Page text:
"That's the difficulty. I don't want anything to happen while she's in my house," was his reply. "I allowed her to stay because I wanted to satisfy myself that she was really spying. Now I've confirmed my suspicions, and we must act."

"Well, at any rate, it's a good thing that we know the truth," the woman answered. "You must have blundered in some way or other, so it is up to you to wriggle out of a very awkward situation."

"It is awkward, I admit," he said, gazing blankly out of the window. "If they got to know the true secret of that upstairs room, it would mean that we should at once be in Queer Street, in more senses than one – shouldn't we?"

"They must not know!" said the woman in a hard, fierce tone. "You will know how to deal with them, Bernard. People who have tried to pry into our private affairs before have, all of them, bitterly regretted it – haven't they?"

Boyne grunted, but made no reply.

"Will you tell Ena?" she asked.

"Not yet. It may only frighten her unduly. When I want her help I'll see her – perhaps to-morrow," was his reply.

"I suppose we ought to have news from Lancaster Gate very soon," she said. "Mrs. Morrison went to tea with Ena yesterday. To-day she has gone back to Brighton, but is due here again to-morrow."

"Yes, we ought to hear of some development soon," he said with a grim smile. "That affair is going all right. It's this girl and her man who are so confoundedly dangerous to our plans."

"You had similar trouble with Aitken a year ago, and you found an easy way out of it, Bernard. No doubt you'll soon think of some means by which an end can be put to their infernal inquisitiveness."

"I have a call to make," he said, rising from his chair suddenly. "I'll be back again this afternoon. I'm going into the City."

And he went out.

At lunch time Marigold met her lover, and it was arranged that, as he would be at the office late that evening, he should not resume his watch until the following evening, neither of them, of course, suspecting that Boyne knew they were keeping him under observation or that he was busy laying a most devilish plan for their undoing.

Gerald Durrant had grown fonder of Marigold than ever, and the pair were now inseparable. He disliked the idea of the girl living in that house of mystery, but she told him that she was in no way afraid, and that she was determined to solve the curious motive of Boyne's double life.

When, at six o'clock, she returned she sat down to tea with her aunt, and later, while she was laying Mr. Boyne's table, he came in, greeting her cheerily, as was his wont.

His attitude towards her was distinctly friendly, for he gave no outward sign of suspicion.

The evening passed uneventfully, for Boyne went out about eight o'clock, and he did not return until long after the old woman and her niece were in bed.

Marigold listened, but only heard him go up to his bedroom and close the door. After that there was no other sound.

Boyne spent part of the following day with Lilla at Pont Street, where he held a long and secret consultation with her, after which he took a taxi to Upper Brook Street and sat with Ena for half an hour, explaining what he had discovered concerning the unwelcome attention which young Durrant and the girl was paying to him.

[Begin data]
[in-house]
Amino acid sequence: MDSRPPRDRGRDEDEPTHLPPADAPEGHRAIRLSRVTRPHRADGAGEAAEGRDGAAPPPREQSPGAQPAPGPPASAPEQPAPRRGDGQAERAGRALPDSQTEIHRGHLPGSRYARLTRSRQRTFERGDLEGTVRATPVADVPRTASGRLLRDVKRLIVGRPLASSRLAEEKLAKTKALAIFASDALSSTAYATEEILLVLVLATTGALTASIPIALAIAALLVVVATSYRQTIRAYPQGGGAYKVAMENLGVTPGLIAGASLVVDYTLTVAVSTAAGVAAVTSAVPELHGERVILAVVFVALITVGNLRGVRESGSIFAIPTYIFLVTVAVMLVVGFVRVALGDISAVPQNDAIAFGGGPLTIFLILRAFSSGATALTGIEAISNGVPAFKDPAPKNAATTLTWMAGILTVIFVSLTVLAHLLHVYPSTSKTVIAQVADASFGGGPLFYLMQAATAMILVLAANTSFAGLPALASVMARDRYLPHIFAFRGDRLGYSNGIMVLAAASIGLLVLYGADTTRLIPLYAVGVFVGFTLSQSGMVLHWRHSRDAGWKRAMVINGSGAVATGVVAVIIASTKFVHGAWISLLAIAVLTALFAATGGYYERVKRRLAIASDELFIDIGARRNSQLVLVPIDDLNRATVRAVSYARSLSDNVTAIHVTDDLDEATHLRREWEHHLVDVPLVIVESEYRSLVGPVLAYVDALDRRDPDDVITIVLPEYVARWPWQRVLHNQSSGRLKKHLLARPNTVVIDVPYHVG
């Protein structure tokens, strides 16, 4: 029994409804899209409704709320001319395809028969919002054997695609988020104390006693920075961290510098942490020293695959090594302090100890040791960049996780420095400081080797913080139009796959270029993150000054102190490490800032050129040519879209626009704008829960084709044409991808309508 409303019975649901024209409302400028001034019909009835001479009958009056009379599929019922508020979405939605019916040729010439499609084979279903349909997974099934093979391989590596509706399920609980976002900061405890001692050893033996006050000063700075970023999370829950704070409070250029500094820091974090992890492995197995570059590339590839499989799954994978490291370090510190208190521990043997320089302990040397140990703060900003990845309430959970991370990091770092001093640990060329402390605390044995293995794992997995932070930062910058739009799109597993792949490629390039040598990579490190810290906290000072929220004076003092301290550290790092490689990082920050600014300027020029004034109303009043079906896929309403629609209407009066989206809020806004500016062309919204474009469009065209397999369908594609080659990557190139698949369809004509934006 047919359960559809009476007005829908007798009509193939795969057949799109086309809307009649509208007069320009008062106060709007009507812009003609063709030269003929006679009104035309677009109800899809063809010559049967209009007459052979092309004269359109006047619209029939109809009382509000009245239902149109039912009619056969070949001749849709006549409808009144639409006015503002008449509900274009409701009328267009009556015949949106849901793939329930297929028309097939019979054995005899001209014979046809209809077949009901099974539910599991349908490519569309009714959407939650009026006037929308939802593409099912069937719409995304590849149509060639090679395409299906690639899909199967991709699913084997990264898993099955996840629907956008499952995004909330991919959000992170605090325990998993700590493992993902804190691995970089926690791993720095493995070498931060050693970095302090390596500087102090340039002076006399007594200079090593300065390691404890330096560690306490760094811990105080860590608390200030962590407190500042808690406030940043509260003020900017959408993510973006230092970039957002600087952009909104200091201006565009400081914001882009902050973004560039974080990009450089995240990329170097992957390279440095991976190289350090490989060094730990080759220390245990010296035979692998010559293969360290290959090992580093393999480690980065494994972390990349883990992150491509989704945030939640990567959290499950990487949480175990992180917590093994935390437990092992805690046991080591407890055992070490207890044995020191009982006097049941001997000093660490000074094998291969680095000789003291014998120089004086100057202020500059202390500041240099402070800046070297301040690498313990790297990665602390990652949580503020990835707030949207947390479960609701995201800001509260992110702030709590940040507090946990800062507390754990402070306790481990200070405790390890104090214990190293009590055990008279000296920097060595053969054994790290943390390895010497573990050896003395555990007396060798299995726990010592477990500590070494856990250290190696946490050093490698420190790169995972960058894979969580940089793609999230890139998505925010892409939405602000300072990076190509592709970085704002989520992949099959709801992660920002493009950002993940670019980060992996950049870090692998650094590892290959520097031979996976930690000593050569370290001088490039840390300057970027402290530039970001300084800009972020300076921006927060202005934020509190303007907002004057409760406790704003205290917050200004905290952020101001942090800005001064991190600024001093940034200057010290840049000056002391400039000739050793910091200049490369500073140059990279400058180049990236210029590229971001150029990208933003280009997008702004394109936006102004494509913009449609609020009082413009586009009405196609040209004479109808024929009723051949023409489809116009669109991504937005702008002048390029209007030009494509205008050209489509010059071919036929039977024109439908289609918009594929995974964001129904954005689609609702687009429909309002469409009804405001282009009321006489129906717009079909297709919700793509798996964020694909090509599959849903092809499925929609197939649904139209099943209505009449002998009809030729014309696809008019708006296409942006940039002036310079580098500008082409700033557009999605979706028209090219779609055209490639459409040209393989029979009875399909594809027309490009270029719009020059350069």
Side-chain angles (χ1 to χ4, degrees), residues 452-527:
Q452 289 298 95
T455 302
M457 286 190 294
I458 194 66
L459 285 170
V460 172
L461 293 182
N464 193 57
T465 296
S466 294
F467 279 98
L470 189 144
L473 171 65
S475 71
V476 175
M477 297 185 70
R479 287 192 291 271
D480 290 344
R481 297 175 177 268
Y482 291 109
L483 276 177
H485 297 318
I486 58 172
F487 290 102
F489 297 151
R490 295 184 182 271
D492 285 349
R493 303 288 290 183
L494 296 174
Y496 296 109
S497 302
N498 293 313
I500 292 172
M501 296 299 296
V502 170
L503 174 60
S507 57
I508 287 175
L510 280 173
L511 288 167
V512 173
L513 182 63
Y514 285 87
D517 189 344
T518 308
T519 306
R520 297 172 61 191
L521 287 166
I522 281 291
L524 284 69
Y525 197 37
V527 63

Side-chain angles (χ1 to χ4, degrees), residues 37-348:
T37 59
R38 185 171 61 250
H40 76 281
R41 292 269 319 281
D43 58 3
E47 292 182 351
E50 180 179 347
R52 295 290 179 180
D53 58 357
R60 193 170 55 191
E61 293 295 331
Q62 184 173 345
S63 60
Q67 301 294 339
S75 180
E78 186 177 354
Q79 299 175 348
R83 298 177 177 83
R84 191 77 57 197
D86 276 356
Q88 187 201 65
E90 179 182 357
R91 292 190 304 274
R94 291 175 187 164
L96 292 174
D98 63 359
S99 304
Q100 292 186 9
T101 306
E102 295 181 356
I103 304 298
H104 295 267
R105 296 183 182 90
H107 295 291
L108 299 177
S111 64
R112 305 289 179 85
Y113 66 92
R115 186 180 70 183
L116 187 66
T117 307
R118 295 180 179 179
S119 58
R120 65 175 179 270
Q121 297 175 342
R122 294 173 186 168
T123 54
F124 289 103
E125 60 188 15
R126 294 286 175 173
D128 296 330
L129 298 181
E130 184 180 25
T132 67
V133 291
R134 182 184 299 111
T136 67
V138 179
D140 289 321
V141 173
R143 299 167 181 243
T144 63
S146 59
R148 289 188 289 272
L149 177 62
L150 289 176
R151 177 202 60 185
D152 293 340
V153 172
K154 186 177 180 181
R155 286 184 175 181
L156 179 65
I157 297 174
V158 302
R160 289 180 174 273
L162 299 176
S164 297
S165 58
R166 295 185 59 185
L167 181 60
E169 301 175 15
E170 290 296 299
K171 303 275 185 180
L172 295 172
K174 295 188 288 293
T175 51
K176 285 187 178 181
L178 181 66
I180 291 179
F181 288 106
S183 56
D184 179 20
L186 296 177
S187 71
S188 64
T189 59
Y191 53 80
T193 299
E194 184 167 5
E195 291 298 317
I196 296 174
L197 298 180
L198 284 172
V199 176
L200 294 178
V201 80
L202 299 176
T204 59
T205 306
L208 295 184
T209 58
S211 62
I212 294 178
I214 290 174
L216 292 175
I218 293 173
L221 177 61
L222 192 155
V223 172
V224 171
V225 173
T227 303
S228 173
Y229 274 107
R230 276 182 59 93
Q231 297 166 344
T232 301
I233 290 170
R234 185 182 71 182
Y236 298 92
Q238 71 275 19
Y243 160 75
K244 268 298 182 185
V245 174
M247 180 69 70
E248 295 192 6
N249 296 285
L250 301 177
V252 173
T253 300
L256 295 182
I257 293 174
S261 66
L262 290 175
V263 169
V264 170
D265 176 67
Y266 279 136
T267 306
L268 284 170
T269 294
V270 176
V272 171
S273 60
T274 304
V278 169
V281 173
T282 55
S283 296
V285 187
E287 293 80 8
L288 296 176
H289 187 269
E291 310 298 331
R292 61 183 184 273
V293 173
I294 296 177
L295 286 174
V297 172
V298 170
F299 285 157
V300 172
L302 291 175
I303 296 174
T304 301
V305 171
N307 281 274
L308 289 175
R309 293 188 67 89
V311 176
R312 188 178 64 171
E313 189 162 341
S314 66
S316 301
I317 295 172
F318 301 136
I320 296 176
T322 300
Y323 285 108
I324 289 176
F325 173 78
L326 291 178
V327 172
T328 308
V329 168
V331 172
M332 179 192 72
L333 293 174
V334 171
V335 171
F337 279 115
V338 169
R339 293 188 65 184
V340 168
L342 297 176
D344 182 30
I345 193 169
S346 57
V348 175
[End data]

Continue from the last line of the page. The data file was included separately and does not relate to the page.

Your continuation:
The Red Widow at once became greatly perturbed.

"But how much can they know?" she gasped, leaning forward in her chair, pale and agitated.

"Very little."

"They know nothing of your upstairs friend – eh?"

"No. But they may suspect."

"Then their suspicion must be at once removed, my dear Bernie!" said the woman, in a decisive voice. "We are, I see, confronted with a very grave peril."

"I agree. Lionel will be wondering why I've not been up to see him since Sunday. I shall go up this afternoon, before the girl comes back from the bank. I've got a lot of stuff to take up to him. He's got no kettle, poor chap!"

"Ah! What a life he must lead," said the woman.

"It is his own fault. He was too curious – and he got the worst of it, as they all do!"

"But he was quite harmless. This fellow Durrant is our enemy."

"And he must be treated as such. I've found out a lot about his movements," said Boyne.

"You quickly find out about people, Bernie. You're really wonderful."

"Not very wonderful, Ena," he laughed. "I simply went a few days ago to Chalmers, the private inquiry agent in Regent Street who has done work for me often. I told him I had lent young Durrant money, and wanted to know something of his habits and of his friends. This morning I had a long confidential report about him. He lives out at Ealing."

"A pity you allowed the girl to stay with her aunt. Why ever did you do so?"

"Well, if she wished to walk into a trap, then it surely wasn't my business to keep her out of it – was it?" he asked, with a sinister smile. "I knew the reason why she had so suddenly been deprived of her room at Wimbledon Park, and allowed her to think that I was a fool."

"She'll no doubt know different ere long," laughed the Red Widow.

Then, opening the door, Boyne satisfied himself that there was no servant in the passage, and returning to her, he began to speak rapidly in a low, tense voice.

"What?" she asked breathlessly, when he had finished. "To-night?"

"Yes, to-night – why not?" he asked. "Wear one of your smartest black dresses. Come round and see Lilla. Then you and she can arrange things."